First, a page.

Cochlear Implant Augmentation

  • Cochlear implant patient enjoys art class
  • Dr. Emily Tobey
  • Cochlear implant patient at summer camp

Project Overview

Young children who have reduced hearing often experience difficulty learning to communicate. These difficulties may be evident in their speech, language and reading abilities. One way teachers and clinicians help young children develop communication is to record a child’s speech and play it back to other listeners to determine how much they understand. As easy as this task may seem, it is a time-intensive endeavor and, therefore, often neglected in assessments.

The purpose of this project is to develop computer-assistive techniques designed to record, edit and play samples of speech produced by young children in order for adult listeners to report back how much of the speech sample they understand. Outcomes from the project assist clinicians in determining what sounds are produced correctly and incorrectly, what types of sentences are the easiest and hardest to produce, and what techniques might facilitate better speech in people with reduced hearing.

Stage of Development

This project is funded by the National Institute of Deafness and Other Communication Disorders. It is in the assessment and evaluation stage of development.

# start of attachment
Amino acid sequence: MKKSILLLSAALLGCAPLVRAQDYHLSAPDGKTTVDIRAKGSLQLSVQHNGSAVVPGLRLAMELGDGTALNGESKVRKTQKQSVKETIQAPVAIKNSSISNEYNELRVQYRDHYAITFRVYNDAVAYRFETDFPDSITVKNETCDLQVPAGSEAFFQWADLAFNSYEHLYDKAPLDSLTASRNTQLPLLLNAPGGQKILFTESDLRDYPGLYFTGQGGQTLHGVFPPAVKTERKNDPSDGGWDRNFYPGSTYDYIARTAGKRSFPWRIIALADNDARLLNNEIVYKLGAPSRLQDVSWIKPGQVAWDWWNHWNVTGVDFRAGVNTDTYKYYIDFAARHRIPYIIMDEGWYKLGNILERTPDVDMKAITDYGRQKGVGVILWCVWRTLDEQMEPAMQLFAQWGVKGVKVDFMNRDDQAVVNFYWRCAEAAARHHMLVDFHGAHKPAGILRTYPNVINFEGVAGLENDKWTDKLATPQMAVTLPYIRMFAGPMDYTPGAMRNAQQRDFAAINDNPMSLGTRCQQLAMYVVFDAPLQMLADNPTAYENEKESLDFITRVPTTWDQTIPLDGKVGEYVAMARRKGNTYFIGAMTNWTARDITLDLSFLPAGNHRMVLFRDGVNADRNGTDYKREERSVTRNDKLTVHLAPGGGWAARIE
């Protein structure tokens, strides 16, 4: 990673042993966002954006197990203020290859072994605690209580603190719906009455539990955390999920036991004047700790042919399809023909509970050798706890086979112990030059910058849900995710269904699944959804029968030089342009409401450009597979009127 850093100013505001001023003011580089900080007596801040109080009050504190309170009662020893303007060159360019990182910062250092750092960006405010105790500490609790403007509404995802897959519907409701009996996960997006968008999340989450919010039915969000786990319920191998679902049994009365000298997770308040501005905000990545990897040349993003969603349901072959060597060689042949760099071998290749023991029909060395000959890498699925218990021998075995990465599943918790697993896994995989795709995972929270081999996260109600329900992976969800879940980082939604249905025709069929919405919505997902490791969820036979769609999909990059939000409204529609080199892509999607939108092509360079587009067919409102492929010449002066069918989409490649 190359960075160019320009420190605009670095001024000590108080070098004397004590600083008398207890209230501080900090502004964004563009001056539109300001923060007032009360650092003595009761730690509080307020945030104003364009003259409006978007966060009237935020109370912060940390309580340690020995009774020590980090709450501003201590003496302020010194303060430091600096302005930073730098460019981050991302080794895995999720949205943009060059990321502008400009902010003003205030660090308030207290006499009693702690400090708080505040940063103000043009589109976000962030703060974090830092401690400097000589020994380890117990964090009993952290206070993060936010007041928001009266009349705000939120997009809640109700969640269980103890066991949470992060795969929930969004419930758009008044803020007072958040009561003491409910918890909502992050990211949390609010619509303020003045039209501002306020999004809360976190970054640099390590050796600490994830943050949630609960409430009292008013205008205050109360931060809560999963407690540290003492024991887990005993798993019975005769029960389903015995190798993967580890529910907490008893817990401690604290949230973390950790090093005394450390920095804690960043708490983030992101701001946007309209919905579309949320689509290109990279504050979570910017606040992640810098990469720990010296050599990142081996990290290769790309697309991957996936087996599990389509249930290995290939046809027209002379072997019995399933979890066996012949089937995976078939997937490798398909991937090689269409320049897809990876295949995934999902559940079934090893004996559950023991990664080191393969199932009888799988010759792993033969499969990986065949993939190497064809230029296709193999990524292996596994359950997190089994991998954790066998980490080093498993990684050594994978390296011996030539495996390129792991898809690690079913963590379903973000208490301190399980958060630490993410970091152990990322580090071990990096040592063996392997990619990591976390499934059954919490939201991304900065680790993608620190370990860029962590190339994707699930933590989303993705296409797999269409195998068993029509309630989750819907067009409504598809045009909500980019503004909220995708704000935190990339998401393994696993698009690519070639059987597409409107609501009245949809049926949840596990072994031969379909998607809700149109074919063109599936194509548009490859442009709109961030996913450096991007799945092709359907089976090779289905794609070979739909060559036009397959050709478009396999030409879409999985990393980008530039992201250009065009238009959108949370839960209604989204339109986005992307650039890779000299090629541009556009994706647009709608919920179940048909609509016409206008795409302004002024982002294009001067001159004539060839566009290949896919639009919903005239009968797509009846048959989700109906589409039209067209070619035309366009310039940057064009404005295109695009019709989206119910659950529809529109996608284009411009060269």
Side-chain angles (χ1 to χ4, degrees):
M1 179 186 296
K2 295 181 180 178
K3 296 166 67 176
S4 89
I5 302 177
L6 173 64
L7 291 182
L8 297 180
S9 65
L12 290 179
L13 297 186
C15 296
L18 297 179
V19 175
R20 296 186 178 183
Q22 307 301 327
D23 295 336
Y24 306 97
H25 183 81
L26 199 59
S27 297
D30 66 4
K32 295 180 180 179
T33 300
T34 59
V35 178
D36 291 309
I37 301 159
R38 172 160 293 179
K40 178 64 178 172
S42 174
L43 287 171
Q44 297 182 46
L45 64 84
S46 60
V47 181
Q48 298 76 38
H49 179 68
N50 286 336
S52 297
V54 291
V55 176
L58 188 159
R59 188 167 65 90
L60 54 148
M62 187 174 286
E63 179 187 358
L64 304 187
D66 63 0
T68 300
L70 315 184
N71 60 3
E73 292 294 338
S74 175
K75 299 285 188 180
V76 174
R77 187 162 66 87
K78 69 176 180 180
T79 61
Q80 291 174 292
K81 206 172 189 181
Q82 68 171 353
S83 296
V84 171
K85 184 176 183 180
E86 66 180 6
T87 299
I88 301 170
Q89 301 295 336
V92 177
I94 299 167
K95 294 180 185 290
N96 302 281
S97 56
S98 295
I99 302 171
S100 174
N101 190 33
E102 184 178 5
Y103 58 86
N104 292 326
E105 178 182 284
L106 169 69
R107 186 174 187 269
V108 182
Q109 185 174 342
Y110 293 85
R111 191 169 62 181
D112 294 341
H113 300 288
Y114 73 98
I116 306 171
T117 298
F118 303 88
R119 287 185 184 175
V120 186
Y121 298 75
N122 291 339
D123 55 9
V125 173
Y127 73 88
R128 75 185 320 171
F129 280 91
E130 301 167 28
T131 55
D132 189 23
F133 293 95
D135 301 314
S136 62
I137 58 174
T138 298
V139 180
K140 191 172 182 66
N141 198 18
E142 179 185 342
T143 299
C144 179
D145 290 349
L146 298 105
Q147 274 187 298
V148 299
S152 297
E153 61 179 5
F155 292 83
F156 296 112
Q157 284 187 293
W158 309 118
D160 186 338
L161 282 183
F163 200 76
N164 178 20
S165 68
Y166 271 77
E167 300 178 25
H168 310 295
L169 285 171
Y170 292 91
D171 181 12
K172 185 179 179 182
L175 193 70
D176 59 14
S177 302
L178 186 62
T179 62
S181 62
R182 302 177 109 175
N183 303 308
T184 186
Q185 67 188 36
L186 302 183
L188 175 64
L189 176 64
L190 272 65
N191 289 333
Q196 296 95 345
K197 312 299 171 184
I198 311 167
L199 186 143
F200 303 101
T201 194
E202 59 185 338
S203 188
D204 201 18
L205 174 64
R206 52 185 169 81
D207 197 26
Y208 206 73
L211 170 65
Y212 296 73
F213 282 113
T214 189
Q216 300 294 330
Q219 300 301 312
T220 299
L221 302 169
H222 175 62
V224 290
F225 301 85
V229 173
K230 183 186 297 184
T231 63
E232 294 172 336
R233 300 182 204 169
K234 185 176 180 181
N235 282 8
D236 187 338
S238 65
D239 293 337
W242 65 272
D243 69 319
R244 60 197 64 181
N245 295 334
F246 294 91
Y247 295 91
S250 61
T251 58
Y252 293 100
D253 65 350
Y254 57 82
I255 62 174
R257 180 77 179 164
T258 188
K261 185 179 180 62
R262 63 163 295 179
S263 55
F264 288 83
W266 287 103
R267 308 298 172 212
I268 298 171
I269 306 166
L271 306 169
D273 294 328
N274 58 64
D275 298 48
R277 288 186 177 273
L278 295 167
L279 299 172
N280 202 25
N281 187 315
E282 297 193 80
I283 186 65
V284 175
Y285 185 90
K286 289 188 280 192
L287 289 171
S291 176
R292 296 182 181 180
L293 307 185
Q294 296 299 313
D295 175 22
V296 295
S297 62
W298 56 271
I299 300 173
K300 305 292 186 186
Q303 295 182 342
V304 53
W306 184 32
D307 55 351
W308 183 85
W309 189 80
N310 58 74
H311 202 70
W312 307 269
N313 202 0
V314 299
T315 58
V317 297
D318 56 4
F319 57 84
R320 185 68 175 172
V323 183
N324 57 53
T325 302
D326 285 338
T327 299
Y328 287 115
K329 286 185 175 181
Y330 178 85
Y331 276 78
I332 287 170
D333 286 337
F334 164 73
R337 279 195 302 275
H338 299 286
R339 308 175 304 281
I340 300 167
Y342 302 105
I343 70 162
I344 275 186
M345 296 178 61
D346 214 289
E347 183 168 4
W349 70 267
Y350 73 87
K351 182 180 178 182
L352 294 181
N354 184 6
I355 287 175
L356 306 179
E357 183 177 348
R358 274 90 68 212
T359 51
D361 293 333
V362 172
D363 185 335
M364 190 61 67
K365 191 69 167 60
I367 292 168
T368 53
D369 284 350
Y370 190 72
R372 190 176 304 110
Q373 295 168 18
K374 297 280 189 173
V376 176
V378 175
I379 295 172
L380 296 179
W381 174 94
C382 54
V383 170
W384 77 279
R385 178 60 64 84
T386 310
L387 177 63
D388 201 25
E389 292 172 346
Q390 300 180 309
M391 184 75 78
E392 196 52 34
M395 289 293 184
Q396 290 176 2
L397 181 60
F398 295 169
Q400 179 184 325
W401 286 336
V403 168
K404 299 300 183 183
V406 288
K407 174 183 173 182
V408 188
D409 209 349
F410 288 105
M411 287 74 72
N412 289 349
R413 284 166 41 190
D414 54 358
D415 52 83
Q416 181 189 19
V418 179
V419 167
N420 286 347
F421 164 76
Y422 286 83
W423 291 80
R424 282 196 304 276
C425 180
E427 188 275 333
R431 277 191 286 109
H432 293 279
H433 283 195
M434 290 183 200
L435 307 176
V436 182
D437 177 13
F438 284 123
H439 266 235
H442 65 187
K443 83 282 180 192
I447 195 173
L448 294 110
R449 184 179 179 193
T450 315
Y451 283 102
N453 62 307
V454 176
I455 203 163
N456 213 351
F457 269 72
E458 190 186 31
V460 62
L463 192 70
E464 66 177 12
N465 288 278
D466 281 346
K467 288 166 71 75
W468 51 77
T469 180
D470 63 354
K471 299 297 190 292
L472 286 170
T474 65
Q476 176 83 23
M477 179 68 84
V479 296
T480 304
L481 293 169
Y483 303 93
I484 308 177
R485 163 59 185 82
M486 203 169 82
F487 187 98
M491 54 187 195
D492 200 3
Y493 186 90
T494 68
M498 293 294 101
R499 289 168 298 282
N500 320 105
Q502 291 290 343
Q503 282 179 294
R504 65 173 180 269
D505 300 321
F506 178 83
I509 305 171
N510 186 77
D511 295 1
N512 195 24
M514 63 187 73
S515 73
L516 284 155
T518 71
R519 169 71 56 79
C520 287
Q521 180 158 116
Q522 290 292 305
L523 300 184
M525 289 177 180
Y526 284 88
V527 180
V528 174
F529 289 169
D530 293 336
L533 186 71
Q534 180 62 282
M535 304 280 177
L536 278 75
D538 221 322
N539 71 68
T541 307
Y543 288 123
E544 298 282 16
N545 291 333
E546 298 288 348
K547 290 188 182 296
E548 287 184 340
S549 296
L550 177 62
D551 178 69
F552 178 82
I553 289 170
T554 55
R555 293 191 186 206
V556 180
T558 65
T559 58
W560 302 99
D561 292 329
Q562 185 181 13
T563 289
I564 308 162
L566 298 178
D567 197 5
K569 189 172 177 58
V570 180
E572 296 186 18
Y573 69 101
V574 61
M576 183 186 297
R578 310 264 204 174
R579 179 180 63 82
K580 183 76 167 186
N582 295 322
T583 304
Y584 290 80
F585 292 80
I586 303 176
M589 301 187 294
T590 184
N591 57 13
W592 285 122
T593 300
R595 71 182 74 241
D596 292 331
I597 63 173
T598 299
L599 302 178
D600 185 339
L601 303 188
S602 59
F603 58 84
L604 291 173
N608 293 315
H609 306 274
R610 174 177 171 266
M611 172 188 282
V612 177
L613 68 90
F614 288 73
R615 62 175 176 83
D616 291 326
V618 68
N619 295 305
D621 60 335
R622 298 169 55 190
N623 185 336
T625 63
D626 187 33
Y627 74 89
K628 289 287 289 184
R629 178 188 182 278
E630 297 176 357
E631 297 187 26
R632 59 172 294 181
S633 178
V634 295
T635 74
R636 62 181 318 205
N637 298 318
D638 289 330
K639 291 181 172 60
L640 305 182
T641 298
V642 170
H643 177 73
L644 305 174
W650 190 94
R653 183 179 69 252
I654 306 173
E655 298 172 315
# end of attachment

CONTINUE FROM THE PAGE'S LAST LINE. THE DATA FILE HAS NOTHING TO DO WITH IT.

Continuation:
Development Team

The project is a collaboration among the UT Dallas School of Behavioral and Brain Sciences, the Callier Center for Communication Disorders, Washington University Medical School, the University of Miami, the University of Michigan, the University of North Carolina, the Johns Hopkins Medical Center and the House Research Institute. The investigators include:

Emily Tobey, PhD etobey@utdallas.edu
The University of Texas at Dallas, Communication Sciences and Disorders

Lisa Davidson, PhD
Central Institute of the Deaf in St. Louis

Johanna Nicholas, PhD
Child Language Laboratory at the Central Institute of the Deaf at Washington University School of Medicine, St. Louis

Sishi Liu, MD, MS sxl083020@utdallas.edu
The University of Texas at Dallas, Communication Sciences and Disorders

Olga Peskova, MS olgapeskova@utdallas.edu
The University of Texas at Dallas, Communication Sciences and Disorders

Sujin Shin, MS sxs087000@utdallas.edu
The University of Texas at Dallas, Communication Sciences and Disorders